So let it be written. So let it be done.
Against a great deal of resistance, director Cecil B. DeMille unleashed a film of literally Biblical proportion on the world in 1956, and its staying power some fifty-five years later cannot be overstated. At its core, The Ten Commandments is a film about freedom; man's inalienable right to determine his own destiny regardless of race, color, or religious beliefs. The story has repeated itself for thousands of years; only the actors and levels of barbarity have changed.
DeMille's interpretation of the story of Moses and the Exodus from Egypt is possibly the most important religious film of all-time; if not the most influential in terms of how it shaped the historical perception of the period, Moses and the passing down of G-d's written laws. Biblical scholars (and a lot of Hebrew school and Sunday school teachers) have not been kind in their treatment of the film, but not even they can deny the impact the film has had on a worldwide audience.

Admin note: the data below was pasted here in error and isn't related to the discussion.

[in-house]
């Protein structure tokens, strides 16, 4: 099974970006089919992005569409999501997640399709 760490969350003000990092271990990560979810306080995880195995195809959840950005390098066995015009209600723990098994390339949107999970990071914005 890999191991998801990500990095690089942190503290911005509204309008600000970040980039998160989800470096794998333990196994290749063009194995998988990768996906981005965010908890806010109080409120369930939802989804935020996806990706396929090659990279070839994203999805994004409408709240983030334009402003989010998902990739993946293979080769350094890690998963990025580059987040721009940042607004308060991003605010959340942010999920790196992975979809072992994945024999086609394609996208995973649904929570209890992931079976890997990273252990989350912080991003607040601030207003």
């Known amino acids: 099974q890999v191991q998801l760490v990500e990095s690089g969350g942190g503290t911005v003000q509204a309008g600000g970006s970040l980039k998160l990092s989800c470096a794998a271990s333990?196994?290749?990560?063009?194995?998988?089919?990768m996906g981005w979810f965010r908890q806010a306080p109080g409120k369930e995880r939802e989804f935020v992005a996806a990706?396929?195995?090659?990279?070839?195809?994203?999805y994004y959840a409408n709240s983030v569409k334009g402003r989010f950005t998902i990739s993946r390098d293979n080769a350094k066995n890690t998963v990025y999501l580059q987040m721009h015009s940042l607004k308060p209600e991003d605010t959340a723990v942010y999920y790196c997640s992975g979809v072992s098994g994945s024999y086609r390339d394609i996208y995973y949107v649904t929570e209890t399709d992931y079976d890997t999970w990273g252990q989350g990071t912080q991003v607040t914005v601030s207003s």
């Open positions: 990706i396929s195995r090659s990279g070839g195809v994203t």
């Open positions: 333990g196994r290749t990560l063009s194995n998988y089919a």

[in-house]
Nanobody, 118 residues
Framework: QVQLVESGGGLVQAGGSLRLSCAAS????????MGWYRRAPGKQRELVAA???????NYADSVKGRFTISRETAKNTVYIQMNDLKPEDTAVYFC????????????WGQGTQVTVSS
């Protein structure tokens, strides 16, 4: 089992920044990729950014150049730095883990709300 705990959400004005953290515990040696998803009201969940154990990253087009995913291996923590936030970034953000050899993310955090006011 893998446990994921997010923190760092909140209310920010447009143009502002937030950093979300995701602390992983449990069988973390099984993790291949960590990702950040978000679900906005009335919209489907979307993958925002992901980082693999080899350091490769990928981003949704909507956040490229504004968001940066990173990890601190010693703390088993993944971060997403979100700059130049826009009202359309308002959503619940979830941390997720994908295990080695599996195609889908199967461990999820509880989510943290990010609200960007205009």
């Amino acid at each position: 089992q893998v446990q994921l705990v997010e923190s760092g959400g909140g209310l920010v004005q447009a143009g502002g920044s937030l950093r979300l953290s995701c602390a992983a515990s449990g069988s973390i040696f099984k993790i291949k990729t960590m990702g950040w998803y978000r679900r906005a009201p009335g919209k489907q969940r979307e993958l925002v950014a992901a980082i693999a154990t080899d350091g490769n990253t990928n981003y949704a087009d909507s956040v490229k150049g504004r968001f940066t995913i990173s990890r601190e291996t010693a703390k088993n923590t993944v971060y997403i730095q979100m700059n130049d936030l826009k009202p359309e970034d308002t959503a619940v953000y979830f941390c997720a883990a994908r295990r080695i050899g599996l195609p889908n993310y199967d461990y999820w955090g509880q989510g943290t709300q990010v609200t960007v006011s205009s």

DeMille's masterpiece of filmmaking could have been a over-the-top cinematic flop with the wrong cast, but the savy director knew exactly what he was doing when he cast Charlton Heston as Moses and the stoic Yul Brynner as Rameses. Critics lambasted Anne Baxter for her campy portrayal of Nefretiri, but many years later it is quite clear that the Oscar-winning actress (All About Eve, The Magnificent Ambersons) was about as perfect in the role as any actress could have been. The all-star cast which featured screen veterans Edward G. Robinson, Nina Foch, Vincent Price, John Derek, and Yvonne De Carlo was possibly the best ensemble performance in film history.